Just imagine the international howl that would go up if an Olympic competitor in track or swimming was ushered into a gold-medal final without having to race in the preliminary rounds.

In horse racing parlance, those fresh horses are referred to as “new shooters.” Two of them, Tonalist and Commissioner, finished first and second, respectively, at last year’s Belmont. That ended the Triple Crown quest of California Chrome, who finished fourth. The third place horse, Medal Count, had run in the Derby but skipped the Preakness.

California Chrome owner Steve Coburn bitterly assailed a system that allows horses to sit on the sidelines and then take aim like snipers at the Belmont favorite. He contended that horses that weren’t Derby-eligible shouldn’t be allowed to run in the other Triple Crown races.

Mike Ehrmann/Getty Images
California Chrome owner Steve Coburn expressed bitterness about how the Triple Crown is run.

“That’s the coward’s way out,” Coburn told the Associated Press (H/T Frederick News-Post). “It’s not fair to these horses that have been in the game since day one. If you don’t make enough points to get into the Kentucky Derby, you can’t run in the other two races. It’s all or nothing.”

But such strategy is as old as horse racing, and there has been no significant movement to change the rules for entering the Belmont.

Christophe Clement, the trainer of Tonalist, spoke for many racing traditionalists when he told Newsday's John Jeansonne, “The Triple Crown itself, obviously it’s tough. If it would be easier to do it, then it would mean nothing.”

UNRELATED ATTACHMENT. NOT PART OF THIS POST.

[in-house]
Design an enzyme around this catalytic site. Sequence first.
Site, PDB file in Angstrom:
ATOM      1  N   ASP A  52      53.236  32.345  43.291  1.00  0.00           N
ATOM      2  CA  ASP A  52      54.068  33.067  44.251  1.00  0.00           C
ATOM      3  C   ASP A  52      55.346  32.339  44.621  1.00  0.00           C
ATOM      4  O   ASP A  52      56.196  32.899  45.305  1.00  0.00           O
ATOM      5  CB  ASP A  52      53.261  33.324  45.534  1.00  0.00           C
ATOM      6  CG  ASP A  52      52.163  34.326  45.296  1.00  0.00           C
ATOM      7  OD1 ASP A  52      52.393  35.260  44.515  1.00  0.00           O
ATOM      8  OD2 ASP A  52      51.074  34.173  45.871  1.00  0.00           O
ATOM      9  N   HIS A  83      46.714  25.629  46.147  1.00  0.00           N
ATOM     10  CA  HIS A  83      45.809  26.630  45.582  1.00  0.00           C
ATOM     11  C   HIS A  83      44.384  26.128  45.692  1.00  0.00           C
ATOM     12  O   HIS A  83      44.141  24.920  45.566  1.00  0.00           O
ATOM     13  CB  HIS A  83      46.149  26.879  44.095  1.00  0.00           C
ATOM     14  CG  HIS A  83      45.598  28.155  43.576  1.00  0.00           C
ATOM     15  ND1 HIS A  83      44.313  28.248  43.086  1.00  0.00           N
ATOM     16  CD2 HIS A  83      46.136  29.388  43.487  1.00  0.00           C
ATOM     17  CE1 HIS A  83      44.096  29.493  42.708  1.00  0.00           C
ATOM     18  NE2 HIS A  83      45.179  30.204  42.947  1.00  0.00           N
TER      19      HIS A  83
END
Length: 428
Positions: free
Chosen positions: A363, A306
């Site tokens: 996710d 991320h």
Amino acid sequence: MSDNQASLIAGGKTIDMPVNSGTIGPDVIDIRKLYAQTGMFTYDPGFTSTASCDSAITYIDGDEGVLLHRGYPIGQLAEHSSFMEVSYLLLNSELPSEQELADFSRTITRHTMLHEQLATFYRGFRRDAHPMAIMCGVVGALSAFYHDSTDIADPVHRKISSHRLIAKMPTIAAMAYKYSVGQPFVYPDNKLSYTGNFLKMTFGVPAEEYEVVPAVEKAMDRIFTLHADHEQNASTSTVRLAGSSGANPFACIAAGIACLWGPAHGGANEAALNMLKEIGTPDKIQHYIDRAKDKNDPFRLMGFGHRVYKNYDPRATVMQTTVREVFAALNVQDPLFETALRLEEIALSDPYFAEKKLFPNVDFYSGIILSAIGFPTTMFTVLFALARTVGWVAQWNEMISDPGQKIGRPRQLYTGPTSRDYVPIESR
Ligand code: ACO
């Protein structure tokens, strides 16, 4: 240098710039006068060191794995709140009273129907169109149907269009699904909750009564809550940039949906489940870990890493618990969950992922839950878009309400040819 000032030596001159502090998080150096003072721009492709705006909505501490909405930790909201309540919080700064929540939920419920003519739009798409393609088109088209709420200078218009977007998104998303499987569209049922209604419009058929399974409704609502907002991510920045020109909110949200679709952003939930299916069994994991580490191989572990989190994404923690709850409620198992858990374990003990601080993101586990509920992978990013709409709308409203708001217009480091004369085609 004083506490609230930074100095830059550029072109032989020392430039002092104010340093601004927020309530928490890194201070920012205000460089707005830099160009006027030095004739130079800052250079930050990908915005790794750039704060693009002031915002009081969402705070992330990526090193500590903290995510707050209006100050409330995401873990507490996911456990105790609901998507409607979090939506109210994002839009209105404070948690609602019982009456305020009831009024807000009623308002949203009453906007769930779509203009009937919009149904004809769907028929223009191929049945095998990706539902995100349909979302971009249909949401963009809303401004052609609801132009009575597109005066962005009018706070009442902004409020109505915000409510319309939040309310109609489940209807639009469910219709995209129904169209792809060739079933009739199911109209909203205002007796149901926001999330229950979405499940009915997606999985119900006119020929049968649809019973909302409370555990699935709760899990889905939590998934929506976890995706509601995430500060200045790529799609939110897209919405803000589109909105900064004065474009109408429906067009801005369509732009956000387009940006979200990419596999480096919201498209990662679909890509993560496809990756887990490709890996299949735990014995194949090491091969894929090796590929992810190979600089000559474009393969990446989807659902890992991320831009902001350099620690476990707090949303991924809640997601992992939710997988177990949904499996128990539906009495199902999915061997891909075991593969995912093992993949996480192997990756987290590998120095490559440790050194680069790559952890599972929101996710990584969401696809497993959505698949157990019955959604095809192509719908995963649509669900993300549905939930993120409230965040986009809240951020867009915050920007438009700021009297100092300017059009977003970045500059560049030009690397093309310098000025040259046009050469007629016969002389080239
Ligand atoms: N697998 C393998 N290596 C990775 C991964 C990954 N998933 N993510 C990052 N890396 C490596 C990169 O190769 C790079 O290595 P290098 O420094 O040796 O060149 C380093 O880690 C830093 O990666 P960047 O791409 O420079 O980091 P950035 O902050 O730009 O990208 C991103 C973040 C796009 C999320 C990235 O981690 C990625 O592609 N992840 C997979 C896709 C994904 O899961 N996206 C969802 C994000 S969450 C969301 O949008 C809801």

Smarty Jones had an even more agonizing end to his Triple Crown hopes in 2004. He finished second at the Belmont to Birdstone, who ran at the Derby but sat out the Preakness. Similarly, Funny Cide could do no better than third at the 2003 Belmont after winning the Derby and Preakness. He was beaten by Empire Maker and Ten Most Wanted, both of whom skipped the Preakness.

Two other recent horses missed out on the Triple Crown for other reasons. Big Brown was eased up in the 2008 Belmont homestretch when jockey Kent Desormeaux decided something was wrong with his horse. In 2012, I’ll Have Another was scratched before the race because of a leg injury.

All those near misses figure to make it just that much sweeter if American Pharoah prevails at this year’s Belmont.

Especially so, since Pharoah’s trainer, Bob Baffert, has taken three other horses to the threshold of the Triple Crown, only to fall short. And jockey Victor Espinoza is nearly as experienced at enduring such gloom. He’s had two Triple Crown bids fall apart at the Belmont, including last year atop California Chrome.

But no matter how impressive American Pharoah looked while flying through the mud at the Preakness, don’t doubt for a second that he still has a long way to go.

 

Tom Weir covered 20 Triple Crown races as a columnist for USA Today.